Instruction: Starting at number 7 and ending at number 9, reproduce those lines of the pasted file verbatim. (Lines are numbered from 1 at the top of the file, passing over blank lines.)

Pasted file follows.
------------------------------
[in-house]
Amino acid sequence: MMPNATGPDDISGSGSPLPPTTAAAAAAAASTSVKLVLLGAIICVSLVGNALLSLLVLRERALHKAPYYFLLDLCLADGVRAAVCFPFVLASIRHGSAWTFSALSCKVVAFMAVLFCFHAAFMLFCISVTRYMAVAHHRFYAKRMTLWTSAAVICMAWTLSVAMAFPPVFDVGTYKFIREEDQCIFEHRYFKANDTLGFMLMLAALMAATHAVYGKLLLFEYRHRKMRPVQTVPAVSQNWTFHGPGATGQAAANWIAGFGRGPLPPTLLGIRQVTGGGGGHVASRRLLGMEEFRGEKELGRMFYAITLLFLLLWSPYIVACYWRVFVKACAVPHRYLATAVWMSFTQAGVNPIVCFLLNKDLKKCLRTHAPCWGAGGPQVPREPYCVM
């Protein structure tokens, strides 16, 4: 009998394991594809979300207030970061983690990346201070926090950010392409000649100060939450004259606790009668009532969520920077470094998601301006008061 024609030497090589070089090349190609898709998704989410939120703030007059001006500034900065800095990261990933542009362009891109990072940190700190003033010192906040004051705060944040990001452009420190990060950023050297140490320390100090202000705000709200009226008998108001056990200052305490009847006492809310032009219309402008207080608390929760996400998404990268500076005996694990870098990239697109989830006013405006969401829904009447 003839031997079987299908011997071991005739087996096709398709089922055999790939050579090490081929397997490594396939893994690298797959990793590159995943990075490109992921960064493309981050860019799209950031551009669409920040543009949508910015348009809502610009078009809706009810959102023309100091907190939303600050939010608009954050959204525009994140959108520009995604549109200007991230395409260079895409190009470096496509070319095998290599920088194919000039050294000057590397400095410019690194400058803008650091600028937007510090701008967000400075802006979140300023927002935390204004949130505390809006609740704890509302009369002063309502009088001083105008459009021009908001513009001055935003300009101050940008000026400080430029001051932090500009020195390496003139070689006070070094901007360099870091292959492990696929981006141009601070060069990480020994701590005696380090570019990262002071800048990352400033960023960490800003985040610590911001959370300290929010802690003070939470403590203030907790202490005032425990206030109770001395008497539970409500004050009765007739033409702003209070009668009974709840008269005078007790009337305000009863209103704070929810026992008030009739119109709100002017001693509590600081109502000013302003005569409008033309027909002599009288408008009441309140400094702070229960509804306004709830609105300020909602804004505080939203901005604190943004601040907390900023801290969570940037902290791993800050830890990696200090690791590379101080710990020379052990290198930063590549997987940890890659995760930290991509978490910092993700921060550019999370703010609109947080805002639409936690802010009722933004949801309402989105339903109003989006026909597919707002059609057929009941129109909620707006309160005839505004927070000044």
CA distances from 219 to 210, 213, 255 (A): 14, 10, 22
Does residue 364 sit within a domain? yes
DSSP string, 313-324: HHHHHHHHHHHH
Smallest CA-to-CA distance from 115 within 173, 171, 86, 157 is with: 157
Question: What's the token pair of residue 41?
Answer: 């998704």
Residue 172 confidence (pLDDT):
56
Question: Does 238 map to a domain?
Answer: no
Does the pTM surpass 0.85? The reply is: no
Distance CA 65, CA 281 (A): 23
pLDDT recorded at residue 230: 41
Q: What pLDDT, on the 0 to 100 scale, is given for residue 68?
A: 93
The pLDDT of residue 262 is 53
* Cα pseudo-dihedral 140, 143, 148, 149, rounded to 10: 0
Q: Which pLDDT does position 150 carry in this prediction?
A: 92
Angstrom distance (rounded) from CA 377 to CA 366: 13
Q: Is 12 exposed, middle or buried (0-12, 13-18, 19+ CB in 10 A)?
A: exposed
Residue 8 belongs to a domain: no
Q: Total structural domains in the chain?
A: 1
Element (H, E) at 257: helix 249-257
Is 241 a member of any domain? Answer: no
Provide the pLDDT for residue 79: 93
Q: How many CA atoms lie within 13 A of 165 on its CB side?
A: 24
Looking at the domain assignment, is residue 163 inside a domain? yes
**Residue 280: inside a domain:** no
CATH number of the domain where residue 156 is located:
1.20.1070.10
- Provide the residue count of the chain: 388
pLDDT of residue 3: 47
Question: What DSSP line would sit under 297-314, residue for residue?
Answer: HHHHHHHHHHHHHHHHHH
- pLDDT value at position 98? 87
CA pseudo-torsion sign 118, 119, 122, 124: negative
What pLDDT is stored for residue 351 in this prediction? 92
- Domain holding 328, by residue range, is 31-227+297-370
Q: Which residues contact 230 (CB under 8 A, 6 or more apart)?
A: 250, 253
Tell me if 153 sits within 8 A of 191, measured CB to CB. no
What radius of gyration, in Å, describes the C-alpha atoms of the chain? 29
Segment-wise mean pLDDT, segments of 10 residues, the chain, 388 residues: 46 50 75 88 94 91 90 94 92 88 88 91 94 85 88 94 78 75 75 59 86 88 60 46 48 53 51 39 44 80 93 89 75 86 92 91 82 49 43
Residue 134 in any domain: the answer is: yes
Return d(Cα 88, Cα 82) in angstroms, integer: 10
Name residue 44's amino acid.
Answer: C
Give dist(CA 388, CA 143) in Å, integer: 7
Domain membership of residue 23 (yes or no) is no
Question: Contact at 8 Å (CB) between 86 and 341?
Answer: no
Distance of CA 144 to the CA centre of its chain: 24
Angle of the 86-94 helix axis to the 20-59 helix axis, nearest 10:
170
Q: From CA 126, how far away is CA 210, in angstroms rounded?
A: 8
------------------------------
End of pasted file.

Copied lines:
Smallest CA-to-CA distance from 115 within 173, 171, 86, 157 is with: 157
Question: What's the token pair of residue 41?
Answer: 């998704």